It also appears that Jane is not over Pete. She's very happy when she finds out that Pete is up to date on her current her situation. But, her mood sours when Pete congratulates her on finding a man willing to overlook her occupation. I think she expected Pete to express his regret at ending their relationship. She may have thought he would beg her for forgiveness and ask her to get back together. When he doesn't, she expresses her surprise by asking him, "Just like that?".
"No...good luck," he adds.

With that, he once agains leaves Jane behind. He really should get back to Reed and their prisoner, anyway.
A short time later Pete and Jim arrive at the station with M'Liss. When she sees man on his way to being booked into the jail, she suddenly realizes the gravity of the situation and stops dead in the hallway. Frightened, she asks Pete if she will be also be put into the cell. Pete lets her know that she will not be held at the station, she will be taken to Sybil Brand Institute instead. Jim takes the handcuffs off of M'Liss while Pete talks to her.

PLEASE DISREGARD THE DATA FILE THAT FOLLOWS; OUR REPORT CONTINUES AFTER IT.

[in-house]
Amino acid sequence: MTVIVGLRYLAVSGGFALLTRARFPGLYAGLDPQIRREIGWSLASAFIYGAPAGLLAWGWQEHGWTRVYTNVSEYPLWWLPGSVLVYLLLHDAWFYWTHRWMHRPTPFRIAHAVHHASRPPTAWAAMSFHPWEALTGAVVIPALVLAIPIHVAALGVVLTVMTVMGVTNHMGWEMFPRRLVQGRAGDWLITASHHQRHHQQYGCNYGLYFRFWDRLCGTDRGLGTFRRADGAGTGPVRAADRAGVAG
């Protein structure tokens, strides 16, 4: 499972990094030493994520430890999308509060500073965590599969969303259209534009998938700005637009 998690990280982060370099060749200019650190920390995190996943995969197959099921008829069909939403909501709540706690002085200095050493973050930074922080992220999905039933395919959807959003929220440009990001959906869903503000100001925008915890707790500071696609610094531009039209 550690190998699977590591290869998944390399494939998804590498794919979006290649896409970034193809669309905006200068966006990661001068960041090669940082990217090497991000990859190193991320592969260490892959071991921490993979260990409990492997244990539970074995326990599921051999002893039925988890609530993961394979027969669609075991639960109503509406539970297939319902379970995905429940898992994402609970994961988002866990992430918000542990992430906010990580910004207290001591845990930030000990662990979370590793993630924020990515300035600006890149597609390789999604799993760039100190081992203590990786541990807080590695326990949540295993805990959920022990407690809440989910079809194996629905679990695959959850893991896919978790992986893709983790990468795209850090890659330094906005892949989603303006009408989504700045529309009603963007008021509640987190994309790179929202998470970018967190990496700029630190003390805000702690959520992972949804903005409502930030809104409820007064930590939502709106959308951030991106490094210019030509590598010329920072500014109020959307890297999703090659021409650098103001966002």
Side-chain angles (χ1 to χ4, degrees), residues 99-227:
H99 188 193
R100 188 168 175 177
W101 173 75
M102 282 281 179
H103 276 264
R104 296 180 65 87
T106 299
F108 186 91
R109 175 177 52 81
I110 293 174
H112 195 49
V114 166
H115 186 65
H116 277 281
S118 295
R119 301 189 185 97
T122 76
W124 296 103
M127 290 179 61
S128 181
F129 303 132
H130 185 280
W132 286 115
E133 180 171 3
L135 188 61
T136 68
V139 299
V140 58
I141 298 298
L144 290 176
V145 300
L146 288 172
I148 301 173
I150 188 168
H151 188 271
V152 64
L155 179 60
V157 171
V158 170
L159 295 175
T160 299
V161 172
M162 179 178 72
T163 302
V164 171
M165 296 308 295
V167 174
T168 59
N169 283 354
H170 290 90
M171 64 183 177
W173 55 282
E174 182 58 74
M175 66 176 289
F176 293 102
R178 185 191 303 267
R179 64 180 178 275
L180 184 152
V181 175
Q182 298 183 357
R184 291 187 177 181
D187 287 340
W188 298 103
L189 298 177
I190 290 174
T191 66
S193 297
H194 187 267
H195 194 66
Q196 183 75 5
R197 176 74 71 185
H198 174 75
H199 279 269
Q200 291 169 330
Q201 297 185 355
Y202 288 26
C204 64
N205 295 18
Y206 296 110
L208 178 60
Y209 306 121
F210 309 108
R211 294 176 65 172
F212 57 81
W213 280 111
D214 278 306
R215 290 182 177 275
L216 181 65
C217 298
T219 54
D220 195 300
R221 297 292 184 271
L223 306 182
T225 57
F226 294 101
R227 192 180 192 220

[M'Liss: Oh, OK, maybe while I am there I can see my friend Susan again.]
Just as they are ready to take M'Liss to the jail, the large male prisoner that was about to be booked freaks out and punches his arresting officer. Pete and Jim push M'Liss aside in their haste to tackle the prisoner.
It's hard to see from this screen cap, but Milner and McCord's stunt doubles are clearly visible during this scene.
The unrestrained and unsupervised M'Liss sees her chance to escape while Reed and Malloy are busy with the other man. She runs out of the open door that leads to the parking lot. After the short scuffle is over, Reed and Malloy return to the hallway and find that M'Liss has disappeared. They run outside to look for her, but it is too late.